Meetings will gauge annexation sentiment
Doug Nieman’s business has always been in Clifton. It just hasn’t always been a part of Clifton.
For a week in the mid-1990s, said Nieman, owner of Clifton Lube Center, 3244 F Road, his shop was in a strip of land annexed by the city of Grand Junction. There was an outcry from Clifton and Fruitvale residents.
“And then we were de-annexed,” Nieman said as he recounted how the proposal — commonly known as a flagpole annexation, with the idea of adding commercial property to a city’s tax base — annexation was snuffed.
“The city was trying to do the wrong thing, annex all the retail without providing any of the services.”
Two decades later, there are still many hard feelings in the community. The impression of Grand Junction as a sales-tax hungry neighbor is hard to let go of for many, but not for Nieman. He is now a strong advocate for all of Clifton and Fruitvale being annexed by Grand Junction.
“I think the best choice is to annex,” Nieman said. “I think it makes more sense than trying to develop a new city out here.”
Mesa County officials are conducting three meetings this week and next about why annexation was determined to be the best option by a committee of Fruitvale and Clifton residents.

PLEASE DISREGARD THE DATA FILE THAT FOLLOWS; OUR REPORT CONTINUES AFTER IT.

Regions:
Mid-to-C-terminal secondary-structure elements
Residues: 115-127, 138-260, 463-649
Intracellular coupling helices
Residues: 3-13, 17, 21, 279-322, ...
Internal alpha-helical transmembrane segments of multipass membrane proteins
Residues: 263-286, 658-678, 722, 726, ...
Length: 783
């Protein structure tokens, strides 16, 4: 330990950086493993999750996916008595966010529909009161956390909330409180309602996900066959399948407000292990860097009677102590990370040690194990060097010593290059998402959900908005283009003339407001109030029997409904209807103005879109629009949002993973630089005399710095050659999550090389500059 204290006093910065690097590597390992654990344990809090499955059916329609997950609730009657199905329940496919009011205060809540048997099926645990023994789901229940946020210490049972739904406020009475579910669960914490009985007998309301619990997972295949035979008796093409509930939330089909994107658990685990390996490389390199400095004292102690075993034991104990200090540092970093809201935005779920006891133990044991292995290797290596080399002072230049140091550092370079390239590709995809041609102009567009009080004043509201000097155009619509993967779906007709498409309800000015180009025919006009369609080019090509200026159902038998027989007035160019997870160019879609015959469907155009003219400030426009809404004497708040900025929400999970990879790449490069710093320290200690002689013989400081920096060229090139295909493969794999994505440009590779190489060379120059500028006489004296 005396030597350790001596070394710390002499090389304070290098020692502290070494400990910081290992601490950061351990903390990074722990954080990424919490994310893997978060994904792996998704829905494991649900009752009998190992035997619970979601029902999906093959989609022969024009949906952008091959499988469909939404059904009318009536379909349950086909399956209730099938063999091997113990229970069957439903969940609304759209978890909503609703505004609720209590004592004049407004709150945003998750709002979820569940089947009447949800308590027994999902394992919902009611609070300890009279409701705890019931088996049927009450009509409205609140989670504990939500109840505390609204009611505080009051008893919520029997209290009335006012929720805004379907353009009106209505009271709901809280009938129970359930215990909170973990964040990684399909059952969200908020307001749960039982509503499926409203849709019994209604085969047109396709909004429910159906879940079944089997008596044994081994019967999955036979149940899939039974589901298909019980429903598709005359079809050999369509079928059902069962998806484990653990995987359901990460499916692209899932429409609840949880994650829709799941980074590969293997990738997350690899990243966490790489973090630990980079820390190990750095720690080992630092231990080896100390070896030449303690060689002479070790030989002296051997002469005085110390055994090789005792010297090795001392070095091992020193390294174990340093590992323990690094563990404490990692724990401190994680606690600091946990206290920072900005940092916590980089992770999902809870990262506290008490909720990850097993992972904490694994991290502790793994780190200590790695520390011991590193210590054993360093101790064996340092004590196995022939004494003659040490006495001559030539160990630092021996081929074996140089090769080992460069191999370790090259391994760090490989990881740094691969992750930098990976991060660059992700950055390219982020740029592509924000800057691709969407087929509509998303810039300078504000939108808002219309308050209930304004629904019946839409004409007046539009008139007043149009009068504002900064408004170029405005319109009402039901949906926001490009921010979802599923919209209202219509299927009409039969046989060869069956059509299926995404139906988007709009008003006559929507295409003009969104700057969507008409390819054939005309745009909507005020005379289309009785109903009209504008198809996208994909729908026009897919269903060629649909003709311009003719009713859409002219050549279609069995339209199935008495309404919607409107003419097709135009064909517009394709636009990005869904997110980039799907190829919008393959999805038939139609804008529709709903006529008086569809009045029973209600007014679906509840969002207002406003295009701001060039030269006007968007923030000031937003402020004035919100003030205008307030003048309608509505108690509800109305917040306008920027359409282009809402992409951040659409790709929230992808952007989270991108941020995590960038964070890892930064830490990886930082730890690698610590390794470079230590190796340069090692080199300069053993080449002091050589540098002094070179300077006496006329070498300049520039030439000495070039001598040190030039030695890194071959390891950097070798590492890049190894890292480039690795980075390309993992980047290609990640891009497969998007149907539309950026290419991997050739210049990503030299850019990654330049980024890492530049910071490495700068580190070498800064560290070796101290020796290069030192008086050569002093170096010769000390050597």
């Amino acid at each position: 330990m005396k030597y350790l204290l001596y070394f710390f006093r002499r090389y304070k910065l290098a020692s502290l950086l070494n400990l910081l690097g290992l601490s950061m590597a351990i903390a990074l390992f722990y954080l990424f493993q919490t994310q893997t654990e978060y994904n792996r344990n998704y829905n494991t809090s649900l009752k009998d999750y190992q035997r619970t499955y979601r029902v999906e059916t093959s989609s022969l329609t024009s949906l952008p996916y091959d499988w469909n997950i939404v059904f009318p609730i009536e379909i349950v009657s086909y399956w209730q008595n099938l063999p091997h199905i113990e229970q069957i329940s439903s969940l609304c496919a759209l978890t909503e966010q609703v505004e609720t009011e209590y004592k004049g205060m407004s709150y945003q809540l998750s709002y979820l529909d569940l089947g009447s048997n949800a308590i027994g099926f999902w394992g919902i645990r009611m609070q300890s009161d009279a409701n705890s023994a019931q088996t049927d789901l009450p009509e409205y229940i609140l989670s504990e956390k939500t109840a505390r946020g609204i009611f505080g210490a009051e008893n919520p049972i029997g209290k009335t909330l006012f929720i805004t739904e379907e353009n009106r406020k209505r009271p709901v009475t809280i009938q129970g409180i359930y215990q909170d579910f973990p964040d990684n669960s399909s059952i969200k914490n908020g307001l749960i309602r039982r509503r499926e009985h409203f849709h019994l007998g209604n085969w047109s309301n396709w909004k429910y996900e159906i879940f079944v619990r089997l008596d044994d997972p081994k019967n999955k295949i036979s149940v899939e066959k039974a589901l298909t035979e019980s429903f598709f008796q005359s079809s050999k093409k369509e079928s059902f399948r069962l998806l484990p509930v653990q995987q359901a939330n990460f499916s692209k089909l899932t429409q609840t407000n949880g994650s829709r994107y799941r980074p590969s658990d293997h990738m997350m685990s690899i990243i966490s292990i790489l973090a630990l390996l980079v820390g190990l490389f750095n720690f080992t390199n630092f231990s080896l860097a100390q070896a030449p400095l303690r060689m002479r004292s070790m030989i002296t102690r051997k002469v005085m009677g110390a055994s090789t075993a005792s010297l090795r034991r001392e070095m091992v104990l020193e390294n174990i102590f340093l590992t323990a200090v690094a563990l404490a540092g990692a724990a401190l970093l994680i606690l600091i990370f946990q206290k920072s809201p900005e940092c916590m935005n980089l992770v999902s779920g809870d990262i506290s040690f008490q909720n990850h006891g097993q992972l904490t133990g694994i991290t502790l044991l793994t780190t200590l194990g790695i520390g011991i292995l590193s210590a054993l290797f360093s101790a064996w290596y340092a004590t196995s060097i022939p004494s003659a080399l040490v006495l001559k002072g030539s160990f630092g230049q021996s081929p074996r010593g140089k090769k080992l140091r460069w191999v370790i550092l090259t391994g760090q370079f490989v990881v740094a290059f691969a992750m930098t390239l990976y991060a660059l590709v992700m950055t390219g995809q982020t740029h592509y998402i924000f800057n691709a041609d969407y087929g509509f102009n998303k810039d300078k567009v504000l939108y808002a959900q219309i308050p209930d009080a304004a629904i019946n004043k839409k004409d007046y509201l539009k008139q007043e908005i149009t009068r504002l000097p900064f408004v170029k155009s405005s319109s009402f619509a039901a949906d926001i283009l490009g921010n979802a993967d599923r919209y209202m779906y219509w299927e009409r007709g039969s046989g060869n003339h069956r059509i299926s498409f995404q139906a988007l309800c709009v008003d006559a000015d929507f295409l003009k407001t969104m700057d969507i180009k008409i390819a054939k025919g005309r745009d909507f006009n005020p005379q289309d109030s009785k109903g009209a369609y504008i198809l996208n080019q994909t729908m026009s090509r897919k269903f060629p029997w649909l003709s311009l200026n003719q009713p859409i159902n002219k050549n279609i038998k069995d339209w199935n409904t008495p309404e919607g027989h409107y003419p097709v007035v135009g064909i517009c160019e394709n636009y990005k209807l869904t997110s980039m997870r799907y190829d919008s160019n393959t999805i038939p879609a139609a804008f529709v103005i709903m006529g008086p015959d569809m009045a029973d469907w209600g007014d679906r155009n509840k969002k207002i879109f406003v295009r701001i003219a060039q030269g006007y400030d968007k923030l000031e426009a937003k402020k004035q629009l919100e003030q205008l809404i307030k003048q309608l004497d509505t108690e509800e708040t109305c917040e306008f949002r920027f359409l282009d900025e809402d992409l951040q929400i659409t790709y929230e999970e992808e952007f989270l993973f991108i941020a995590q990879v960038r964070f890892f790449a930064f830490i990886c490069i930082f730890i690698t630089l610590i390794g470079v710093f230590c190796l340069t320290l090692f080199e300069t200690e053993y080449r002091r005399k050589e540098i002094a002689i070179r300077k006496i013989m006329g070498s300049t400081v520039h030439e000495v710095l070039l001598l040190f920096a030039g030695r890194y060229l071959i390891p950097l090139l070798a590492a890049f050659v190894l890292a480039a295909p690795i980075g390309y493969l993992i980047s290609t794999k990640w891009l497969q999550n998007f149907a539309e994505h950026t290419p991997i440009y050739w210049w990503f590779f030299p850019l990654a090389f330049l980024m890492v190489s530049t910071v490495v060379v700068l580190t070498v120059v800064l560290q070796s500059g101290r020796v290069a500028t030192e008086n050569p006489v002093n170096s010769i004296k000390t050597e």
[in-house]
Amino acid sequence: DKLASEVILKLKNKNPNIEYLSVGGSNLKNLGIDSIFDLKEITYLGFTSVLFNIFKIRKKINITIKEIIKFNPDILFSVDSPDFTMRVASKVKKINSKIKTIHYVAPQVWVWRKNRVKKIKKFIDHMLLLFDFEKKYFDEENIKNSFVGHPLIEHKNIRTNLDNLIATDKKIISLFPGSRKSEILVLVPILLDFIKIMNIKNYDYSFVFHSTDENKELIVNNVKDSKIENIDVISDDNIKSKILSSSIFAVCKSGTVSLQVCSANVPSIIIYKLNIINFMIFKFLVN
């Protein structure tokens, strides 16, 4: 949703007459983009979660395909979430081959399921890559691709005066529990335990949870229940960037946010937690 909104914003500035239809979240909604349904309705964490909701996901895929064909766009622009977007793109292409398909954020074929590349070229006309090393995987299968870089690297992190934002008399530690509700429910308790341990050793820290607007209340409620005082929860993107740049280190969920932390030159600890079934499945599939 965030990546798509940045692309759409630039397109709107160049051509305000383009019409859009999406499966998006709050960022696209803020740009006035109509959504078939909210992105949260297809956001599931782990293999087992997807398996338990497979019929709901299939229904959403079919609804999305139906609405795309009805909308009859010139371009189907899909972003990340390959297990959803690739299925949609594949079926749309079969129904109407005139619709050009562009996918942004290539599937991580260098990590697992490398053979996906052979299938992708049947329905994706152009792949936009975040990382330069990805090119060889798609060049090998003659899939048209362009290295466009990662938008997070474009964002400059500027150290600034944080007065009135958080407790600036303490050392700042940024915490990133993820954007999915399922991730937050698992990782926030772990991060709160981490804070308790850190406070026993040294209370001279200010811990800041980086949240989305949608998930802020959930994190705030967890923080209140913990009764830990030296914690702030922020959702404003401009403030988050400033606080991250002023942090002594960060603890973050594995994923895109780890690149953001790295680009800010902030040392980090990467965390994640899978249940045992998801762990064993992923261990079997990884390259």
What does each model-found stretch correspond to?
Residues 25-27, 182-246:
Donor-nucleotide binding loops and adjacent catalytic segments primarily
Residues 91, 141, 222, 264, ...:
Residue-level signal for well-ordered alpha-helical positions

For Nieman and many of his neighbors, the issue came down to a lack of government services. Annexation would bring better police protection, code enforcement and street maintenance, Nieman said.
“The county is not able to provide enough services,” he said.
That desire by residents for improved services is behind the push for annexation, not Mesa County, said Mesa County Commissioner Janet Rowland, who lives in Fruitvale.
The effort to annex Fruitvale and Clifton into Grand Junction began more than a year ago with surveys of county residents, done as part of a neighborhood community plan.
“We had hundreds of people,” Rowland said. “What I heard time and time again is ‘We want municipal services.’ “
But how to accomplish that was the question. Counties typically are not set up to provide municipal-level services. Mesa County estimates there are more than 14,000 residents living in the Clifton and Fruitvale area.
Property owners will be asked to sign a petition if they want to be annexed by Grand Junction. Organizers of the meetings are trying to have those petitions available, but they may not be ready in time.
Either way, Rowland said, contact information will be taken from residents who want to sign the petition and from those who want to volunteer and help circulate the petitions.
Once enough valid signatures are accumulated, the petitions will be handed over to the Grand Junction City Council. It will then be up to the council whether to accept the properties into the city.
“This is not being driven by (Grand Junction) at all. This is being driven by the citizens,” Rowland said.
For more information regarding the meetings, call the senior management analyst for Mesa County, Kimberly Bullen, at 244-1649.
A resident committee looked at three options: Do nothing and remain part of Mesa County, form a new city and, lastly, seek annexation by Grand Junction. That committee “determined that annexation would be the most feasible and cost-effective choice,” according to a county press release announcing the three upcoming meetings.